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New Policy Requires Religious Leaders to Report Offertory


New Policy Requires Religious Leaders to Report Offertory IN uGANDA
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The government is taking steps to ensure transparency and accountability within religious organizations. The proposed policy, which is currently undergoing validation before approval by the cabinet, aims to mandate churches and mosques to report funds collected from their followers.

This initiative traces back to April 2016 when the Directorate for Ethics and Integrity (DEI) within the Office of the President initiated the development of a National Policy for Religious and Faith Organizations (RFOs). The draft policy, currently in the validation stage, seeks to foster collaboration between religious institutions and the government, promoting their active participation in various societal aspects such as social service delivery, economic development, and importantly, accountability.

Clarifying the objectives of the policy, Alex B. Okello, the permanent secretary at the Directorate for Ethics and Integrity, emphasized the necessity of transparency in managing public resources within places of worship. He clarified that the policy isn’t tantamount to taxation of religious institutions but rather aims to ensure the appropriate utilization of resources donated by believers for development purposes.

Rev Canon Aaron Mwesigye, the director for Ethics and Religious Affairs at DEI, highlighted that the policy aims to equip religious leaders with the necessary tools to collaborate effectively with the government for national development. The ongoing validation process is intended to garner ownership and input from religious leaders before the policy receives cabinet approval.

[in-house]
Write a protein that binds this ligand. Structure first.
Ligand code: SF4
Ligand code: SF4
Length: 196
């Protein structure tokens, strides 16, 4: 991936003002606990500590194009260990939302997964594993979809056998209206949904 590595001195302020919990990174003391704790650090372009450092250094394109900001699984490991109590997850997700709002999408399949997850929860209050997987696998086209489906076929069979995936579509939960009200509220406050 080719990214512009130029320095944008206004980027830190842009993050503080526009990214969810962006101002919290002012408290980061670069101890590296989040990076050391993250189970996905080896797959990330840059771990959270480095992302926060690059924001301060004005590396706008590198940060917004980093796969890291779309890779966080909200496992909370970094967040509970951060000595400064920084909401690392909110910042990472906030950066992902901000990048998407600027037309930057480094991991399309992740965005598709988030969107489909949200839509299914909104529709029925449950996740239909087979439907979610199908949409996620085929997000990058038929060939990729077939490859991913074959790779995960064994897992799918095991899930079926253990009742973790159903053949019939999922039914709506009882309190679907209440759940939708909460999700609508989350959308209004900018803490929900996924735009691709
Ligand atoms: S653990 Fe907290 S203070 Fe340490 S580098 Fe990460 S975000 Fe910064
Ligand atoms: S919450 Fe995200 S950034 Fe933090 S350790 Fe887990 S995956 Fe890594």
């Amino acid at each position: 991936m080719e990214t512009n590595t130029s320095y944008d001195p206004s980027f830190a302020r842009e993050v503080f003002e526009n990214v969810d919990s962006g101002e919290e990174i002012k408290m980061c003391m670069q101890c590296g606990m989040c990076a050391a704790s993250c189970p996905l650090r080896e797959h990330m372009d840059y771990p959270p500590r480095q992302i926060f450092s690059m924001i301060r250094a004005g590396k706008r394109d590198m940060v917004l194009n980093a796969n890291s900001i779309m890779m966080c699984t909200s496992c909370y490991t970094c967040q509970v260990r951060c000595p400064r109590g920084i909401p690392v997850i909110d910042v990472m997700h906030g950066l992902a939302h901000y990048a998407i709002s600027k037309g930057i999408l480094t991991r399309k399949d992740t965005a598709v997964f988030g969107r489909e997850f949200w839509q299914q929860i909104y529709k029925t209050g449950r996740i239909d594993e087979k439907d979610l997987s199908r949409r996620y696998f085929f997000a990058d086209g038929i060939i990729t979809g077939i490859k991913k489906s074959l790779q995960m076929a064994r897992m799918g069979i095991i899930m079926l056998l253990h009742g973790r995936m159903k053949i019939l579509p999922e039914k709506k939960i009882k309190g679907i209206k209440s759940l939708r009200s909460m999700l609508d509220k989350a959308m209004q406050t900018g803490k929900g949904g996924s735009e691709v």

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Moreover, Rev Canon Mwesigye emphasized the importance of implementing mechanisms within religious institutions to proactively identify and address corrupt practices. He underscored the need to break the cycle of offenders being bailed out or granted bond only to continue engaging in corrupt activities.

The perspective from religious leaders reflects a collective acknowledgment of the significance of the proposed policy. Bishop Sanctus Lino Wanok of Lira Catholic Diocese expressed confidence that the policy would strengthen the fight against corruption within the church and beyond. Dr. Morris Chris Ongom, a pastor and chairperson of the National Chambers of Commerce and Industry, Lira branch, endorsed the policy, seeing it as aligning with the principles and values upheld by the church.

Rev Canon Richard Opio Atoo, Vicar of All Saints Cathedral Boroboro, drew a parallel from biblical narratives to emphasize the importance of accountability and transparency in religious practices. Sheikh Ibrahim Okello, deputy District Khadi of Lango Muslim District, expressed optimism about utilizing existing structures within the Muslim community to address corruption effectively.

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